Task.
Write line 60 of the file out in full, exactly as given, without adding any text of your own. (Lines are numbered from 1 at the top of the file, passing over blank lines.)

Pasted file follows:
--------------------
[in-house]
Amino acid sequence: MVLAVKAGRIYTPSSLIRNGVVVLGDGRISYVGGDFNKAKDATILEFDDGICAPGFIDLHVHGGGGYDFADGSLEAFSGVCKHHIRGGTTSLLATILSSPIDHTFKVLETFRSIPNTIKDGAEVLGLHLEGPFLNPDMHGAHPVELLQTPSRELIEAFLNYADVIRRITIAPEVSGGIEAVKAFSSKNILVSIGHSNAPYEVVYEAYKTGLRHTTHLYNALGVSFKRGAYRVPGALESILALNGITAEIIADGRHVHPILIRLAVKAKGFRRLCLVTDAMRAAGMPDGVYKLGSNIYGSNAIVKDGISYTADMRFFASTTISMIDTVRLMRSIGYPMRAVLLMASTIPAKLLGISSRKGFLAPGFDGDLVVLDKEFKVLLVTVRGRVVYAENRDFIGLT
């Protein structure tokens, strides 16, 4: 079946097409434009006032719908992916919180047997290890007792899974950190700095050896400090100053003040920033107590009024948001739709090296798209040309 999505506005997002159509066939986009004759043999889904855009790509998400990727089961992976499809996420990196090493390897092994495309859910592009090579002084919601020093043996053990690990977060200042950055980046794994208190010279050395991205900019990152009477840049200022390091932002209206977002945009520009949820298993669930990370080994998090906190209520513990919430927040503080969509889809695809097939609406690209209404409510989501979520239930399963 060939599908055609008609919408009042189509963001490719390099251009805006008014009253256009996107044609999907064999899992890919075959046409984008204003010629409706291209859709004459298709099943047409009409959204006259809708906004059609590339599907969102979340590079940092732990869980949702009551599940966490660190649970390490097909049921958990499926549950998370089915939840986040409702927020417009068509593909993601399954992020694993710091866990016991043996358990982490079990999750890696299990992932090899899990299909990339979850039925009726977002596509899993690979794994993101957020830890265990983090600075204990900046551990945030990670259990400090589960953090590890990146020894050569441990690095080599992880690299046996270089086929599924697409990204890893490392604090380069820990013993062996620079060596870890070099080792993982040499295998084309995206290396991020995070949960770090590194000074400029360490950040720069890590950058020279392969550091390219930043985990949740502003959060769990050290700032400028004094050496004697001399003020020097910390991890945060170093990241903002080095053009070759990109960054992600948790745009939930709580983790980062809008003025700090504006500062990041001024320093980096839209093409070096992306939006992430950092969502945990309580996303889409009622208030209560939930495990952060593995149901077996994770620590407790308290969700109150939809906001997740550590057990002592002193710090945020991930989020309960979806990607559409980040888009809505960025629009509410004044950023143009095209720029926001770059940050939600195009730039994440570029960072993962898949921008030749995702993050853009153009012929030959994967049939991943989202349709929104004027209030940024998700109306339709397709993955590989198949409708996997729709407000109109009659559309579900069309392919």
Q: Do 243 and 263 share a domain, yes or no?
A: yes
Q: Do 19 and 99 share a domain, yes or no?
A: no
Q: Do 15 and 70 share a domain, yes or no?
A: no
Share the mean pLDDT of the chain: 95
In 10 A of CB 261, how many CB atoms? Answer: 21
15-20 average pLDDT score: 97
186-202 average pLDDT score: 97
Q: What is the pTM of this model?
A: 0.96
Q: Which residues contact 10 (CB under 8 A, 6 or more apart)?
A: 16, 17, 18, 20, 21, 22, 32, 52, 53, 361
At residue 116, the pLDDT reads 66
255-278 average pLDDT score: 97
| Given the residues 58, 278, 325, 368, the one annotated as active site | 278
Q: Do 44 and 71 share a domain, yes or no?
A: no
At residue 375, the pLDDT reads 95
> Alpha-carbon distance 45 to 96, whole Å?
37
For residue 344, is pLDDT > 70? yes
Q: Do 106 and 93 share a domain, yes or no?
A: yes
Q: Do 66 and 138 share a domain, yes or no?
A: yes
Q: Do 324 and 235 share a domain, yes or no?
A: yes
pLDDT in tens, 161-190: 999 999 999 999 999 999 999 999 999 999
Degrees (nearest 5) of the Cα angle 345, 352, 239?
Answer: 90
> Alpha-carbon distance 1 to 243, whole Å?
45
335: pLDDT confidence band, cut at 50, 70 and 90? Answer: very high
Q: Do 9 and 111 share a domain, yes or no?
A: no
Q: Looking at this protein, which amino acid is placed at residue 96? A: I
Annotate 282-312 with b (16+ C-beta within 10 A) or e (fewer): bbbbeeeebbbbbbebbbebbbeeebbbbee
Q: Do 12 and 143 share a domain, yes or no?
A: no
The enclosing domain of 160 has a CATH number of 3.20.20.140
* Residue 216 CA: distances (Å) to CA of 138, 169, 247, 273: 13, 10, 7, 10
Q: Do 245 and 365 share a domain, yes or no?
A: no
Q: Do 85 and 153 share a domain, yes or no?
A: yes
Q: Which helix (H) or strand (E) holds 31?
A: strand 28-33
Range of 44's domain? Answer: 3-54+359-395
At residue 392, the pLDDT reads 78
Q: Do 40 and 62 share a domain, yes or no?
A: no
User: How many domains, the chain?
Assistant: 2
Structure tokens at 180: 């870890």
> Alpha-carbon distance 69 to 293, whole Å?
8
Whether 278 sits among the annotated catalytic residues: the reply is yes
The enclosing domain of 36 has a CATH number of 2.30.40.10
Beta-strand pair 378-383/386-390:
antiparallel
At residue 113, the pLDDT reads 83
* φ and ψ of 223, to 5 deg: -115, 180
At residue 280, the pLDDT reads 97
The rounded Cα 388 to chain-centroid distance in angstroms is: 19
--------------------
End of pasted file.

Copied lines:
> Alpha-carbon distance 69 to 293, whole Å?